There was a short discussion in class this past Thursday over this image. The question was asked, “What does this flag have to do with Black history?” The answer of course, is that this flag was flown by the St. Patrick Battalion, or los San Patricios as these soldiers were called in Mexico. The St. Patrick Battalion formed during the Mexican-American War (1846-48) by Irish immigrants who originally fought on the American side. They were troubled by the fact that they were part of an occupying army that had invaded a predominantly Catholic country. Their own history of domination from British occupiers taught these soldiers that perhaps they were on the wrong side of the war. They switched sides in an act that some called treason, but others called bravery.
Although it was mostly Irish immigrants that formed the ranks of St. Patrick Battalion, many other European immigrants did as well, along with Americans, Canadians, Mexicans, and indigenous people. And this is the connection with Black history: a number of escaped slaves were welcomed into the battalion with open arms and fought alongside their Irish brothers.
The US military won the war against Mexico and claimed a significant portion of the country as its own. Many of the states that are in the Rocky Mountains, Southwest, and California were stolen from Mexico during the war. Los San Patricios paid the ultimate sacrifice with their lives – some in the heat of battle; others on the gallows, accused of treason by the US.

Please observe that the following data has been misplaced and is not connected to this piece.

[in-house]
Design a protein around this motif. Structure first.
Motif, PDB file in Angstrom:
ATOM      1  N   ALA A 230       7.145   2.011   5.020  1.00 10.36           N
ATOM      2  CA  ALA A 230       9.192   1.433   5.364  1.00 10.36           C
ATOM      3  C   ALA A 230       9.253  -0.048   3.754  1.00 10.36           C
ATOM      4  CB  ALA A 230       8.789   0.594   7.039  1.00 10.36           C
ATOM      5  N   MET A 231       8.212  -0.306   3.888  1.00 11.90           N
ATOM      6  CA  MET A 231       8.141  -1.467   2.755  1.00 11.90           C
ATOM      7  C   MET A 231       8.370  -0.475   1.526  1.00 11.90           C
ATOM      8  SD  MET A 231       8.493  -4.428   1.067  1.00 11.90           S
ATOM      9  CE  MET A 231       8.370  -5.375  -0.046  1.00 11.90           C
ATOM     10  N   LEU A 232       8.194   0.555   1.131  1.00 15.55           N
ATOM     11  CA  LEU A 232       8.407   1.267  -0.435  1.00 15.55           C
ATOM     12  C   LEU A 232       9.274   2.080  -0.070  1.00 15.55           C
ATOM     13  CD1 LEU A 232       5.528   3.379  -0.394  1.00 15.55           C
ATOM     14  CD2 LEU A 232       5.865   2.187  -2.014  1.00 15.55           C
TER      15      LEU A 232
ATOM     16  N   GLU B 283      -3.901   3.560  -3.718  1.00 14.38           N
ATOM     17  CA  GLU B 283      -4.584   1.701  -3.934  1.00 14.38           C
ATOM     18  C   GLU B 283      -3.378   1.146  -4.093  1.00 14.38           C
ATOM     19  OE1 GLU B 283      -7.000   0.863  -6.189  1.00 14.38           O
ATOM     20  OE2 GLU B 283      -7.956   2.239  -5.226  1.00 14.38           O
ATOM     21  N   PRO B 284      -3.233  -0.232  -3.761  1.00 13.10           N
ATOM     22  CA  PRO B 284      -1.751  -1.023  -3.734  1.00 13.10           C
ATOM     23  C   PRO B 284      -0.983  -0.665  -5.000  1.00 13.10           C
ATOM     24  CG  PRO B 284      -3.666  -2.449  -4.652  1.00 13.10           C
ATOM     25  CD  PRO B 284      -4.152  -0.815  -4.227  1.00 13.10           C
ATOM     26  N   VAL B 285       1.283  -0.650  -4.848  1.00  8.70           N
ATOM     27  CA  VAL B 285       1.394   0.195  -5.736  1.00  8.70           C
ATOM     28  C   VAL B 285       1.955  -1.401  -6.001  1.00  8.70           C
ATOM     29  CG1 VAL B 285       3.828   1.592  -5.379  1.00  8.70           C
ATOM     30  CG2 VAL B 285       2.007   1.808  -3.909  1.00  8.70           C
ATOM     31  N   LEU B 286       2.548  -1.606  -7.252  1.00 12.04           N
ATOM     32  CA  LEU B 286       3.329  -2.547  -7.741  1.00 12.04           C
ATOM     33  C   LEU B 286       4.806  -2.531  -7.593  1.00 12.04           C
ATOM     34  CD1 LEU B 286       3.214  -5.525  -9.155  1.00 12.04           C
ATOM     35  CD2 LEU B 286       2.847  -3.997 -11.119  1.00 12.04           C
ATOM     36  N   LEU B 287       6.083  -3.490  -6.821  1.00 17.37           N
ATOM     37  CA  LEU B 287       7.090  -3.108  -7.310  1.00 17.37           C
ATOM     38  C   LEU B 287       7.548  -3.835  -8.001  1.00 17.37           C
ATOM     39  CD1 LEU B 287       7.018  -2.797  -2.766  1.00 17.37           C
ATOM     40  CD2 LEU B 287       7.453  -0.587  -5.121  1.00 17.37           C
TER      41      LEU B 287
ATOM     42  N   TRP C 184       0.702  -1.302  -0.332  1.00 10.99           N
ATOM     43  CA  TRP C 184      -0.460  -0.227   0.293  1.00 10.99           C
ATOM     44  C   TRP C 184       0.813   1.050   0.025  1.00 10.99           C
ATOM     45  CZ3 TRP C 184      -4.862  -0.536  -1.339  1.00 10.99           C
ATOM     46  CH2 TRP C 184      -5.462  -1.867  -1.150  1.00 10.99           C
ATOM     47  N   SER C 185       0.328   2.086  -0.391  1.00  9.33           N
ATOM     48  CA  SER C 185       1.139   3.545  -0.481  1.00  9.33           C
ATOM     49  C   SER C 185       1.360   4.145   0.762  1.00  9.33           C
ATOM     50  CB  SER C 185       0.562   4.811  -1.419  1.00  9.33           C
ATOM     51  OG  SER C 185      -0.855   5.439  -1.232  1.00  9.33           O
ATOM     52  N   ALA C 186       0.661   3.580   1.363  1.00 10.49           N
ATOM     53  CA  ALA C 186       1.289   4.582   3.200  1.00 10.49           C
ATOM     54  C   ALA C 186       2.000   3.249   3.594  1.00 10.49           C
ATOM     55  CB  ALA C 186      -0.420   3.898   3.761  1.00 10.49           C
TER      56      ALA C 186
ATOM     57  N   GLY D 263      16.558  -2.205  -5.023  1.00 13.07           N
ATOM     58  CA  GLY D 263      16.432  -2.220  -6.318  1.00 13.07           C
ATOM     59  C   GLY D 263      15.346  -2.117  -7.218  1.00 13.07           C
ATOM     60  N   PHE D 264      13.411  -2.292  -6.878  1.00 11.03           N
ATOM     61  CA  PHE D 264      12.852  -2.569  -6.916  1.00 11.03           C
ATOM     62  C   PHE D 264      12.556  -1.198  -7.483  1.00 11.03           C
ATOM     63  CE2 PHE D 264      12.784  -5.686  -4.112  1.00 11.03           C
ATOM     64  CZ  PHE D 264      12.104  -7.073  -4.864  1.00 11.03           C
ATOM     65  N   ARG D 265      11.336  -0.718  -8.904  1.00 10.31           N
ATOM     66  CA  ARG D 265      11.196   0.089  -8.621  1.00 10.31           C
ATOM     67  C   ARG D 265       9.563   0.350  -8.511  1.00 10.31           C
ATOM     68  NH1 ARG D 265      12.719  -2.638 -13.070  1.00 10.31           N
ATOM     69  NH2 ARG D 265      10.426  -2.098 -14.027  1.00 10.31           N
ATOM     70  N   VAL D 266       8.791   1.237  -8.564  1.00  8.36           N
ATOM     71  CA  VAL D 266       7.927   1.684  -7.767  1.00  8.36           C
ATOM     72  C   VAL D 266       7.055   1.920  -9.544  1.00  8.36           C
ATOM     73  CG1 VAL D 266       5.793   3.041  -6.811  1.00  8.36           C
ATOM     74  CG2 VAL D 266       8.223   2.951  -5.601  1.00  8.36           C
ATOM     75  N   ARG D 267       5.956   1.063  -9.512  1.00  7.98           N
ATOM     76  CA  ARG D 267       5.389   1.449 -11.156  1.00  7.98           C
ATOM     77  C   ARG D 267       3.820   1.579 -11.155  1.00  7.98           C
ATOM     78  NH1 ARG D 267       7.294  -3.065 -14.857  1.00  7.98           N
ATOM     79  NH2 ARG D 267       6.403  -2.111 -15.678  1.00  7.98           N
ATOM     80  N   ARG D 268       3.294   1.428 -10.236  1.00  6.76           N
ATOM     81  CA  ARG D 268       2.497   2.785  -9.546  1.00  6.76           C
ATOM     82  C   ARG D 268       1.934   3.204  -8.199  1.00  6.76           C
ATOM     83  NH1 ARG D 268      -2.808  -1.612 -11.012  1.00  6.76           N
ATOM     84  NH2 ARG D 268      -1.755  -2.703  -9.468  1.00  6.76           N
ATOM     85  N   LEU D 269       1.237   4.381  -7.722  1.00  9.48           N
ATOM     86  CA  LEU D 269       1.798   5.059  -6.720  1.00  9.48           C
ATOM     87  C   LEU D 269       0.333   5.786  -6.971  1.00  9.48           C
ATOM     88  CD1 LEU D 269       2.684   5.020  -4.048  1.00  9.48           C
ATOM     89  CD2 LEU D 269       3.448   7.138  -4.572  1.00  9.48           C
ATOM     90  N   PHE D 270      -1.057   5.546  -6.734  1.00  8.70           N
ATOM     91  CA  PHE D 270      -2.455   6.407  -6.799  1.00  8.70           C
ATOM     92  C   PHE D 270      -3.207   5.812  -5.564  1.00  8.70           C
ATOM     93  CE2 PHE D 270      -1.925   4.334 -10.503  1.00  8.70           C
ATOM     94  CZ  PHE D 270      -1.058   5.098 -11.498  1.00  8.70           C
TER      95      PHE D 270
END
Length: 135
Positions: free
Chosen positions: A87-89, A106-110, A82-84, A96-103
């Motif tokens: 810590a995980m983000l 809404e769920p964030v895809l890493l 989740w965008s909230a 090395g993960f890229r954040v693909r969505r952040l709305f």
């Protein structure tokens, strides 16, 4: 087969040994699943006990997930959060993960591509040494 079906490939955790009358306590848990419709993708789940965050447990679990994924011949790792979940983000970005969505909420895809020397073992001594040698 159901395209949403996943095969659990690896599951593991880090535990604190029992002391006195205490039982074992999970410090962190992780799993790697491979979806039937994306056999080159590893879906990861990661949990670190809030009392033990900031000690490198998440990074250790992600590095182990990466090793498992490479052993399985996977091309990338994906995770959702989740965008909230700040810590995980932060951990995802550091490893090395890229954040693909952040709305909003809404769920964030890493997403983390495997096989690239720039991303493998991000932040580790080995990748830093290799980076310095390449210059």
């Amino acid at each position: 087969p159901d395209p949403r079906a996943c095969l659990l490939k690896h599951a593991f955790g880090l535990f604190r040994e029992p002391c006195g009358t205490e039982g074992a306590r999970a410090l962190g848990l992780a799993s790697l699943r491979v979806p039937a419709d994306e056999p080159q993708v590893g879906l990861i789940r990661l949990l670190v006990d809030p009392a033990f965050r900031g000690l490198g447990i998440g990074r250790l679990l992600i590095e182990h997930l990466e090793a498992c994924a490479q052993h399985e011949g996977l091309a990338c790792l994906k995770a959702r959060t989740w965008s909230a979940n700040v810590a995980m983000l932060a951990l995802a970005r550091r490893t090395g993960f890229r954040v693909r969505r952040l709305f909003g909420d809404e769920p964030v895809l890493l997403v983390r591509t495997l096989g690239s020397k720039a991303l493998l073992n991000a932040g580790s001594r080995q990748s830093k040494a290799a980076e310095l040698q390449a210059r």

A student at the Freedom School was intrigued by the story and decided to march in today’s St. Patrick’s Day Parade in Utica with the flag. This “people’s history,” as the late historian and activist Howard Zinn would call it, tells us a story about national identity, loyalty, war, and occupation. Sometimes, people will fight for a nation-state or for empire. And sometimes, people will fight for an idea.
Let this St. Patrick’s Day be a time to remember los San Patricios, the history of Irish social justice movements and rebellion, and of any people willing to stand up against foreign occupation.
-Brendan Maslauskas Dunn
Here is a song about St. Patrick’s Battalion by folk singer and activist David Rovics: